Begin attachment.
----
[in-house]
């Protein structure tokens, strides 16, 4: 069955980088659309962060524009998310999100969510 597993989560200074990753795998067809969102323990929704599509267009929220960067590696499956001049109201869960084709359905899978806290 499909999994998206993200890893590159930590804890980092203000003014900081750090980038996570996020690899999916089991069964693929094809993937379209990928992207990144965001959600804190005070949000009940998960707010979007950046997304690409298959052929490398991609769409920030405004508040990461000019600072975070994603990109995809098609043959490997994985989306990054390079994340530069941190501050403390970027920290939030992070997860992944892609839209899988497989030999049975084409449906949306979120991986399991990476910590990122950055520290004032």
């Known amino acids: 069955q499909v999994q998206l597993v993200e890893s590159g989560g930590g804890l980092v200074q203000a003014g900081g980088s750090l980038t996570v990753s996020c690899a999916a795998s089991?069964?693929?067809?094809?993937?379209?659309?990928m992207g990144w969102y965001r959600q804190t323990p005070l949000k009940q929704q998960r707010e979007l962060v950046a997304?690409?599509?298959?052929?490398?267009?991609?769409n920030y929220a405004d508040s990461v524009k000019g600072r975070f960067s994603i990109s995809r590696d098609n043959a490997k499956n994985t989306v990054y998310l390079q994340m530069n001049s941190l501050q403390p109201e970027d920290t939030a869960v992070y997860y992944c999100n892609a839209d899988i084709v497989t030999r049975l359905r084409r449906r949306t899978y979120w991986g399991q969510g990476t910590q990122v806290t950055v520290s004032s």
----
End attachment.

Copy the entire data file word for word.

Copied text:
[in-house]
């Protein structure tokens, strides 16, 4: 069955980088659309962060524009998310999100969510 597993989560200074990753795998067809969102323990929704599509267009929220960067590696499956001049109201869960084709359905899978806290 499909999994998206993200890893590159930590804890980092203000003014900081750090980038996570996020690899999916089991069964693929094809993937379209990928992207990144965001959600804190005070949000009940998960707010979007950046997304690409298959052929490398991609769409920030405004508040990461000019600072975070994603990109995809098609043959490997994985989306990054390079994340530069941190501050403390970027920290939030992070997860992944892609839209899988497989030999049975084409449906949306979120991986399991990476910590990122950055520290004032």
């Known amino acids: 069955q499909v999994q998206l597993v993200e890893s590159g989560g930590g804890l980092v200074q203000a003014g900081g980088s750090l980038t996570v990753s996020c690899a999916a795998s089991?069964?693929?067809?094809?993937?379209?659309?990928m992207g990144w969102y965001r959600q804190t323990p005070l949000k009940q929704q998960r707010e979007l962060v950046a997304?690409?599509?298959?052929?490398?267009?991609?769409n920030y929220a405004d508040s990461v524009k000019g600072r975070f960067s994603i990109s995809r590696d098609n043959a490997k499956n994985t989306v990054y998310l390079q994340m530069n001049s941190l501050q403390p109201e970027d920290t939030a869960v992070y997860y992944c999100n892609a839209d899988i084709v497989t030999r049975l359905r084409r449906r949306t899978y979120w991986g399991q969510g990476t910590q990122v806290t950055v520290s004032s």